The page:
Posted on March 1, 2023

Latino Republicans Push Back on Party’s Immigration Agenda

Associated Press, February 28, 2023

More than half of the residents in the slice of Miami that includes Little Havana were born abroad. And when Republican Rep. Maria Elvira Salazar ran for reelection last year, she won by 15 percentage points.

The GOP’s dominance of Florida’s 27th congressional district is emblematic of the party’s inroads with Latino voters in recent years in much of the U.S. and especially in Florida. Those gains helped Gov. Ron DeSantis decisively win reelection last year and contributed to the GOP taking back control of the U.S. House of Representatives.

That strong showing, however, is leading to some tension as the newly emboldened Republicans in Washington aim to launch an aggressive agenda, particularly around immigration policy. Salazar is among a handful of Republicans pushing back against a sweeping proposal being considered in the House that would restrict asylum at the U.S.-Mexico border.

“We understand that immigrants want to come and live in the promised land,” Salazar said in a recent interview. {snip}

Rep. Tony Gonzales of Texas, a Mexican American Republican whose district covers a long portion of the U.S-Mexico border from El Paso to San Antonio, has been even bolder, calling the legislation “anti-immigrant.”

The dissent highlights a challenge for the GOP. The party’s future may well depend on broadening its appeal beyond an aging, predominantly white base of support. And while some conservative Latinos support hard-line immigration policies, there’s a risk that the GOP could repel other persuadable Latinos by moving too far to the right on the issue.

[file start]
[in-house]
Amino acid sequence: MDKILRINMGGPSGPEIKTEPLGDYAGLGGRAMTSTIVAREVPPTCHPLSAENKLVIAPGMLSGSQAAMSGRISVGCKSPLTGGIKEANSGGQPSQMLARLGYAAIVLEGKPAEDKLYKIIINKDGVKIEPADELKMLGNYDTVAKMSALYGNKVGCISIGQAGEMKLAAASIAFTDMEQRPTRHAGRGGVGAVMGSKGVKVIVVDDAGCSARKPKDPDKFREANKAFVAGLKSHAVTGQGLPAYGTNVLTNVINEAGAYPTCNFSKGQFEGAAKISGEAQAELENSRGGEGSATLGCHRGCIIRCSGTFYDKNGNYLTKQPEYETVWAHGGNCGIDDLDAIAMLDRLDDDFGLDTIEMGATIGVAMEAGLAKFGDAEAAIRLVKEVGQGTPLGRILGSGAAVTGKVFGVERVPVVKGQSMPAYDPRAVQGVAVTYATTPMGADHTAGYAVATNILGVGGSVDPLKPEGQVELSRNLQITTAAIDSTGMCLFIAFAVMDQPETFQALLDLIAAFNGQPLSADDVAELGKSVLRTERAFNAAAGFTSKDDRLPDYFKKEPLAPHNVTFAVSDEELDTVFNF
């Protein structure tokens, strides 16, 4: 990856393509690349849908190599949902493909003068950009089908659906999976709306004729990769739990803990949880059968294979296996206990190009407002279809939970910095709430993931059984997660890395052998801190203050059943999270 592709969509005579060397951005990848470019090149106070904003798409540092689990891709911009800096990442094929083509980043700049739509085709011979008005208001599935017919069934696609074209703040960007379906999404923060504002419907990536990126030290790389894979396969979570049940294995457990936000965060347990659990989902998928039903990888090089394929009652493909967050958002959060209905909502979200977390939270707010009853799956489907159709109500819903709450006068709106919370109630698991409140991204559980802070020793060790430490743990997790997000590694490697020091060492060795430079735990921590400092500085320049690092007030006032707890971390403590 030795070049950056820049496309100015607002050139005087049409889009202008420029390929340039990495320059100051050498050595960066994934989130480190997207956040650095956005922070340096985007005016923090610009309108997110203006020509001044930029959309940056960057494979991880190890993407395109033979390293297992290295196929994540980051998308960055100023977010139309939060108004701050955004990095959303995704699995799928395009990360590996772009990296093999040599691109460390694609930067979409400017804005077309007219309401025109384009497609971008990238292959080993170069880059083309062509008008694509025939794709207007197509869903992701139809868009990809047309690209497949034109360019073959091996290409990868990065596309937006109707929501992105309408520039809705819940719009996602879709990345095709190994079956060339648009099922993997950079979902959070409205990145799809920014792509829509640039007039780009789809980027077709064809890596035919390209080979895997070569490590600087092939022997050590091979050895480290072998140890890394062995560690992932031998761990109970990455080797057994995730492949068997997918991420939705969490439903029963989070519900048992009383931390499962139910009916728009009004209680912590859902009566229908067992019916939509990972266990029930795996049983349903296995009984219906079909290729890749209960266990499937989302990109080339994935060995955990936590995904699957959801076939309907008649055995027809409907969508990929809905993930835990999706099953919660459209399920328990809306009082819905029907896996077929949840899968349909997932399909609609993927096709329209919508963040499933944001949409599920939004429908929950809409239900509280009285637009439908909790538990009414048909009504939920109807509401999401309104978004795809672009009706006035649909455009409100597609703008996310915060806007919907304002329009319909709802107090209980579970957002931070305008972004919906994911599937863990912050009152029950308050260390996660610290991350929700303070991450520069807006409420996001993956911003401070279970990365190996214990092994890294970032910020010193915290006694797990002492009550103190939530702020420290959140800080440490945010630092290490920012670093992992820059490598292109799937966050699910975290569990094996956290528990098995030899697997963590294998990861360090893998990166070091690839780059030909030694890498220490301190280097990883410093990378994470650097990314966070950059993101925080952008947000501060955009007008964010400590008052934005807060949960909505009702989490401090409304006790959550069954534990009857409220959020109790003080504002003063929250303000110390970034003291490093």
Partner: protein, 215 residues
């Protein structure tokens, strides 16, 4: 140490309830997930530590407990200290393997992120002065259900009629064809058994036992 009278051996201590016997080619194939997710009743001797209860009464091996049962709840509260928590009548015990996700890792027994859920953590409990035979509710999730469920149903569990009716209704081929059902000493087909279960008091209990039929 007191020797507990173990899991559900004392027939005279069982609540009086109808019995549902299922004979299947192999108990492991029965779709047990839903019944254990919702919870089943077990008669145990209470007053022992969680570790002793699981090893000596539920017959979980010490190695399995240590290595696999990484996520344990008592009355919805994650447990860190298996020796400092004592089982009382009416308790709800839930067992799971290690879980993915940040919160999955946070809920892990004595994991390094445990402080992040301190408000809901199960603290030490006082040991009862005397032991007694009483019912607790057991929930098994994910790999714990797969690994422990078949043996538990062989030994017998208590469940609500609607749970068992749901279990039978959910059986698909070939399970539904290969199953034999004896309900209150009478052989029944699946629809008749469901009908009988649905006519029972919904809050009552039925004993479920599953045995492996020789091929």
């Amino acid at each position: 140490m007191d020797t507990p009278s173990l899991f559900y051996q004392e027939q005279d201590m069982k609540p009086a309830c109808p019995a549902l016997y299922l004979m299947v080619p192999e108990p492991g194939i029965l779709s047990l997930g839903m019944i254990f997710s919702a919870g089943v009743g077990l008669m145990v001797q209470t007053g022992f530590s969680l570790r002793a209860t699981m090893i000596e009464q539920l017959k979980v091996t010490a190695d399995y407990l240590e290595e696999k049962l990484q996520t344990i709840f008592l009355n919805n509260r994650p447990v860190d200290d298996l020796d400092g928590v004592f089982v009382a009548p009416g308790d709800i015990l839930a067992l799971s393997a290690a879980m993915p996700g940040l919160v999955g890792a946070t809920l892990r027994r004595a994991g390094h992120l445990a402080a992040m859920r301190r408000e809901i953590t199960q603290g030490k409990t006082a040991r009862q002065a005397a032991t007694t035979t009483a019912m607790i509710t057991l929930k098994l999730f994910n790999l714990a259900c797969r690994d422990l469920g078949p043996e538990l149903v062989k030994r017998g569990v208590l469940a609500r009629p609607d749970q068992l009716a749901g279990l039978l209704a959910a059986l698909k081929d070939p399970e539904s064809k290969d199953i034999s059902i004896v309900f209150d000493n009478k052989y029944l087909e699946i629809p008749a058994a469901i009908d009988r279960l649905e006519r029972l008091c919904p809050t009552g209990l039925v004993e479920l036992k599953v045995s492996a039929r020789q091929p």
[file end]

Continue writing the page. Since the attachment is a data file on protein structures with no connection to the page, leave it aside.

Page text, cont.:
For Republicans, Donald Trump, the former president who is again seeking the White House, may have given the party something of a path on how to navigate the politics of immigration. During his previous campaigns and while he was in office, Trump embraced a crackdown on asylum rules. But he also spoke of toughening border security and building a wall. None of his actions cost him Latino support during his two elections.

“Many conservatives felt emboldened by Trump’s performance, by the idea that a Republican could be both anti-immigrant and win Latino voters,” said Geraldo Cadava, a professor of history and Latino studies at Northwestern University {snip}

The immigration bill introduced by Rep. Chip Roy, a Texas Republican, would require U.S. officials to automatically ban or detain asylum seekers while their claims are being considered. Right now, asylum seekers can be released with notices to appear in court and fight for asylum. The bill would also allow U.S. immigration officials to ban all migrants from entering if there is no “operational control” at the U.S.-Mexico border.

Roy sent a letter to his GOP colleagues last week asking them to back the bill. In an interview, he said he found it “absurd” for Gonzales and Salazar to question the bill.